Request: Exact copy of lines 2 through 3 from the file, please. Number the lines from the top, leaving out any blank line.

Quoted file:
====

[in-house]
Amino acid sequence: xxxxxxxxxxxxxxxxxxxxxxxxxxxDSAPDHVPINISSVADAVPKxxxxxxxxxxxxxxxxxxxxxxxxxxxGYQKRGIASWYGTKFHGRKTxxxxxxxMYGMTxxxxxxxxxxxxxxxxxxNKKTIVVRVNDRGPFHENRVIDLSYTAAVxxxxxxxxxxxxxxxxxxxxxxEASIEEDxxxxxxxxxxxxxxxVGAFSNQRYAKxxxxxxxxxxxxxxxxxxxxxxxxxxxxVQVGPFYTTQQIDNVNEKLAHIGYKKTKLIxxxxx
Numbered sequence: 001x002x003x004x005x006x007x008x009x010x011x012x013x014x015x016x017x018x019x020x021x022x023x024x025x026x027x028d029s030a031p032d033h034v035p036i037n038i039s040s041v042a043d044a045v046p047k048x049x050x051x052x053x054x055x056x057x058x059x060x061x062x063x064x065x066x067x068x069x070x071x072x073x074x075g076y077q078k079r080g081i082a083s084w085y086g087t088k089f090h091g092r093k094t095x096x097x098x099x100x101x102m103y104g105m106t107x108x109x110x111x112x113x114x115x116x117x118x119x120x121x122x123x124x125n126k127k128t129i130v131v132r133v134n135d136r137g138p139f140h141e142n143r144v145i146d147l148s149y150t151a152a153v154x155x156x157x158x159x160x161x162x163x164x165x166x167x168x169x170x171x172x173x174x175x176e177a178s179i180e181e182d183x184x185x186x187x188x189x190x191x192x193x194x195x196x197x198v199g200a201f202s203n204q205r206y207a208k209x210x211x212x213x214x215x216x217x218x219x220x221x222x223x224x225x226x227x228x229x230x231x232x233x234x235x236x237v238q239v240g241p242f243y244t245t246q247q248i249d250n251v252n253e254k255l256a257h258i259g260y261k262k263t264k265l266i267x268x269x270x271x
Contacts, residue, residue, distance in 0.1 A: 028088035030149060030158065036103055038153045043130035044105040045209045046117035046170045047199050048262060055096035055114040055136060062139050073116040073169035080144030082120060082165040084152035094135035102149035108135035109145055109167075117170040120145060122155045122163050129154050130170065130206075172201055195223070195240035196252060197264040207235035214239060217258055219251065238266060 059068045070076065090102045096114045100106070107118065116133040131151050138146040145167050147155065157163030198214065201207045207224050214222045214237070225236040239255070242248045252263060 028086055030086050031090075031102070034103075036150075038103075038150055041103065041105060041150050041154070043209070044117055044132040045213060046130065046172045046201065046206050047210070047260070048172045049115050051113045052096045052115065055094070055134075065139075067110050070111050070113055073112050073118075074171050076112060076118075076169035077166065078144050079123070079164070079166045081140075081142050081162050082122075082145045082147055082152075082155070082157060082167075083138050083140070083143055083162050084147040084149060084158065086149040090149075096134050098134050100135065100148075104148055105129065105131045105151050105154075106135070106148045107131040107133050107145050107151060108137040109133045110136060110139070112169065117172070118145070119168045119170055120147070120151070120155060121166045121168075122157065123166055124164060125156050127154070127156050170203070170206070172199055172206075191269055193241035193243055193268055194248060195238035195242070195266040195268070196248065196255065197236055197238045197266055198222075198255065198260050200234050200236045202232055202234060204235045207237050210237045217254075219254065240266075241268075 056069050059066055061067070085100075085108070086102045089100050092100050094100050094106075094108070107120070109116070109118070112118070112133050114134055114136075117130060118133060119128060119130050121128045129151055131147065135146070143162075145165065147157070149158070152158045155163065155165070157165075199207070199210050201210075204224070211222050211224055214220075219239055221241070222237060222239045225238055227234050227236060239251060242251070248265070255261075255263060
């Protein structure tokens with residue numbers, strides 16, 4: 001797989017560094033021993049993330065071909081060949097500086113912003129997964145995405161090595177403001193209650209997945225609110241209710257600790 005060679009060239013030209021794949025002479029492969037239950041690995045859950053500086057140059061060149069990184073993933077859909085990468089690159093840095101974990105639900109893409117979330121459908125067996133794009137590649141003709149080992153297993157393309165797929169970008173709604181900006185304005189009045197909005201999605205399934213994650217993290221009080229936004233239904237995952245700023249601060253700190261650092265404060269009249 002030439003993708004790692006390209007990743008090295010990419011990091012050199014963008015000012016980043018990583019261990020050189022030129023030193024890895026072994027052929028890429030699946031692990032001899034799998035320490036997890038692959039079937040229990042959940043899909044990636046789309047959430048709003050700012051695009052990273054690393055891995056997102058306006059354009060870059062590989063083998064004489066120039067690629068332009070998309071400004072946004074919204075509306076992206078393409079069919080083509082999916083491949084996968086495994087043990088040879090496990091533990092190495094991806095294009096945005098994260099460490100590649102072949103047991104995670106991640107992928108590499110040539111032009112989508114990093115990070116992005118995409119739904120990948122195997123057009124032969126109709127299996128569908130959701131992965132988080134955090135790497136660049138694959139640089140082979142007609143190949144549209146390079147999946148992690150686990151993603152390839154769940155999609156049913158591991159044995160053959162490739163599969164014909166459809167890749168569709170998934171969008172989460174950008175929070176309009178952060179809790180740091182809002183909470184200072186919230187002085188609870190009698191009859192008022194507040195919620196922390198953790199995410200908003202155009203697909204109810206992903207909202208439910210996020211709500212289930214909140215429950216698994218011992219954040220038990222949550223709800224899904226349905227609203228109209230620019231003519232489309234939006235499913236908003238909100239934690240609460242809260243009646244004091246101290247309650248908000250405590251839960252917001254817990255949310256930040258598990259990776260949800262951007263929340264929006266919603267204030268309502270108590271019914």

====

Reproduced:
Amino acid sequence: xxxxxxxxxxxxxxxxxxxxxxxxxxxDSAPDHVPINISSVADAVPKxxxxxxxxxxxxxxxxxxxxxxxxxxxGYQKRGIASWYGTKFHGRKTxxxxxxxMYGMTxxxxxxxxxxxxxxxxxxNKKTIVVRVNDRGPFHENRVIDLSYTAAVxxxxxxxxxxxxxxxxxxxxxxEASIEEDxxxxxxxxxxxxxxxVGAFSNQRYAKxxxxxxxxxxxxxxxxxxxxxxxxxxxxVQVGPFYTTQQIDNVNEKLAHIGYKKTKLIxxxxx
Numbered sequence: 001x002x003x004x005x006x007x008x009x010x011x012x013x014x015x016x017x018x019x020x021x022x023x024x025x026x027x028d029s030a031p032d033h034v035p036i037n038i039s040s041v042a043d044a045v046p047k048x049x050x051x052x053x054x055x056x057x058x059x060x061x062x063x064x065x066x067x068x069x070x071x072x073x074x075g076y077q078k079r080g081i082a083s084w085y086g087t088k089f090h091g092r093k094t095x096x097x098x099x100x101x102m103y104g105m106t107x108x109x110x111x112x113x114x115x116x117x118x119x120x121x122x123x124x125n126k127k128t129i130v131v132r133v134n135d136r137g138p139f140h141e142n143r144v145i146d147l148s149y150t151a152a153v154x155x156x157x158x159x160x161x162x163x164x165x166x167x168x169x170x171x172x173x174x175x176e177a178s179i180e181e182d183x184x185x186x187x188x189x190x191x192x193x194x195x196x197x198v199g200a201f202s203n204q205r206y207a208k209x210x211x212x213x214x215x216x217x218x219x220x221x222x223x224x225x226x227x228x229x230x231x232x233x234x235x236x237v238q239v240g241p242f243y244t245t246q247q248i249d250n251v252n253e254k255l256a257h258i259g260y261k262k263t264k265l266i267x268x269x270x271x